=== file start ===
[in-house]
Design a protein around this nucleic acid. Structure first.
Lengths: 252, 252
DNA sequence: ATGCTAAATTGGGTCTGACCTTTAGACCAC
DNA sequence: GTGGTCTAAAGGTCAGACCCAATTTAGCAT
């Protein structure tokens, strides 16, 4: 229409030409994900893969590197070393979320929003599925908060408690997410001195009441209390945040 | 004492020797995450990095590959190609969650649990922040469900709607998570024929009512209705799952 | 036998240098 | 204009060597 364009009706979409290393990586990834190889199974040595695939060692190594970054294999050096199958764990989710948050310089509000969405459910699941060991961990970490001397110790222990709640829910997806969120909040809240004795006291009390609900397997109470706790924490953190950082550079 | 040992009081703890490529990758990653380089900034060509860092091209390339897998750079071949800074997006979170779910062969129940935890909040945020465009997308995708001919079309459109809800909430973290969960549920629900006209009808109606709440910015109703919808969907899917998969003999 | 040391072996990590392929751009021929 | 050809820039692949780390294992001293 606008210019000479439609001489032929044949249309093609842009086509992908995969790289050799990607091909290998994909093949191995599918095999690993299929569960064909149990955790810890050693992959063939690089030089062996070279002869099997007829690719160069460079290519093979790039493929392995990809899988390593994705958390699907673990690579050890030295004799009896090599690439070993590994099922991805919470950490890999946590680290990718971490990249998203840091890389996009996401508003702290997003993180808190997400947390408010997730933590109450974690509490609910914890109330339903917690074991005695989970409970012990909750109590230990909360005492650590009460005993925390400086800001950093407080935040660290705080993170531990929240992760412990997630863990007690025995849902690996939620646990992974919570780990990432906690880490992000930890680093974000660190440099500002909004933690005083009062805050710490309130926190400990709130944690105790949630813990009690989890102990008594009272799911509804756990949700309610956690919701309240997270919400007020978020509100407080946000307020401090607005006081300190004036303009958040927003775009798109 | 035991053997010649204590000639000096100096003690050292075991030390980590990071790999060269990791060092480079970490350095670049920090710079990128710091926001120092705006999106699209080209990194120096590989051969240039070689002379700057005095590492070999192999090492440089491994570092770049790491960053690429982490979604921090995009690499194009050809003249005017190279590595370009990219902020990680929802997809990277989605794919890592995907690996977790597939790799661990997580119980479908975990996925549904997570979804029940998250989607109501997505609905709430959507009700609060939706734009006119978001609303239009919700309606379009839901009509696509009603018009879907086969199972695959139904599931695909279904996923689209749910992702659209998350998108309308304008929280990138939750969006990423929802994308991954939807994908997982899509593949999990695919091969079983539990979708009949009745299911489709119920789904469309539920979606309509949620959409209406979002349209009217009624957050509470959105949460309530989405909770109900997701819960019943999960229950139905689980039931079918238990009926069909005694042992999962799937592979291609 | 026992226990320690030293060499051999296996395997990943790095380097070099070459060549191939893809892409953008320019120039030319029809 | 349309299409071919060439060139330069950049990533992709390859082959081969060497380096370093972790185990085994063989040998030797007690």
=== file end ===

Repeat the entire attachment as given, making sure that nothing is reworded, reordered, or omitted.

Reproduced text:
[in-house]
Design a protein around this nucleic acid. Structure first.
Lengths: 252, 252
DNA sequence: ATGCTAAATTGGGTCTGACCTTTAGACCAC
DNA sequence: GTGGTCTAAAGGTCAGACCCAATTTAGCAT
């Protein structure tokens, strides 16, 4: 229409030409994900893969590197070393979320929003599925908060408690997410001195009441209390945040 | 004492020797995450990095590959190609969650649990922040469900709607998570024929009512209705799952 | 036998240098 | 204009060597 364009009706979409290393990586990834190889199974040595695939060692190594970054294999050096199958764990989710948050310089509000969405459910699941060991961990970490001397110790222990709640829910997806969120909040809240004795006291009390609900397997109470706790924490953190950082550079 | 040992009081703890490529990758990653380089900034060509860092091209390339897998750079071949800074997006979170779910062969129940935890909040945020465009997308995708001919079309459109809800909430973290969960549920629900006209009808109606709440910015109703919808969907899917998969003999 | 040391072996990590392929751009021929 | 050809820039692949780390294992001293 606008210019000479439609001489032929044949249309093609842009086509992908995969790289050799990607091909290998994909093949191995599918095999690993299929569960064909149990955790810890050693992959063939690089030089062996070279002869099997007829690719160069460079290519093979790039493929392995990809899988390593994705958390699907673990690579050890030295004799009896090599690439070993590994099922991805919470950490890999946590680290990718971490990249998203840091890389996009996401508003702290997003993180808190997400947390408010997730933590109450974690509490609910914890109330339903917690074991005695989970409970012990909750109590230990909360005492650590009460005993925390400086800001950093407080935040660290705080993170531990929240992760412990997630863990007690025995849902690996939620646990992974919570780990990432906690880490992000930890680093974000660190440099500002909004933690005083009062805050710490309130926190400990709130944690105790949630813990009690989890102990008594009272799911509804756990949700309610956690919701309240997270919400007020978020509100407080946000307020401090607005006081300190004036303009958040927003775009798109 | 035991053997010649204590000639000096100096003690050292075991030390980590990071790999060269990791060092480079970490350095670049920090710079990128710091926001120092705006999106699209080209990194120096590989051969240039070689002379700057005095590492070999192999090492440089491994570092770049790491960053690429982490979604921090995009690499194009050809003249005017190279590595370009990219902020990680929802997809990277989605794919890592995907690996977790597939790799661990997580119980479908975990996925549904997570979804029940998250989607109501997505609905709430959507009700609060939706734009006119978001609303239009919700309606379009839901009509696509009603018009879907086969199972695959139904599931695909279904996923689209749910992702659209998350998108309308304008929280990138939750969006990423929802994308991954939807994908997982899509593949999990695919091969079983539990979708009949009745299911489709119920789904469309539920979606309509949620959409209406979002349209009217009624957050509470959105949460309530989405909770109900997701819960019943999960229950139905689980039931079918238990009926069909005694042992999962799937592979291609 | 026992226990320690030293060499051999296996395997990943790095380097070099070459060549191939893809892409953008320019120039030319029809 | 349309299409071919060439060139330069950049990533992709390859082959081969060497380096370093972790185990085994063989040998030797007690």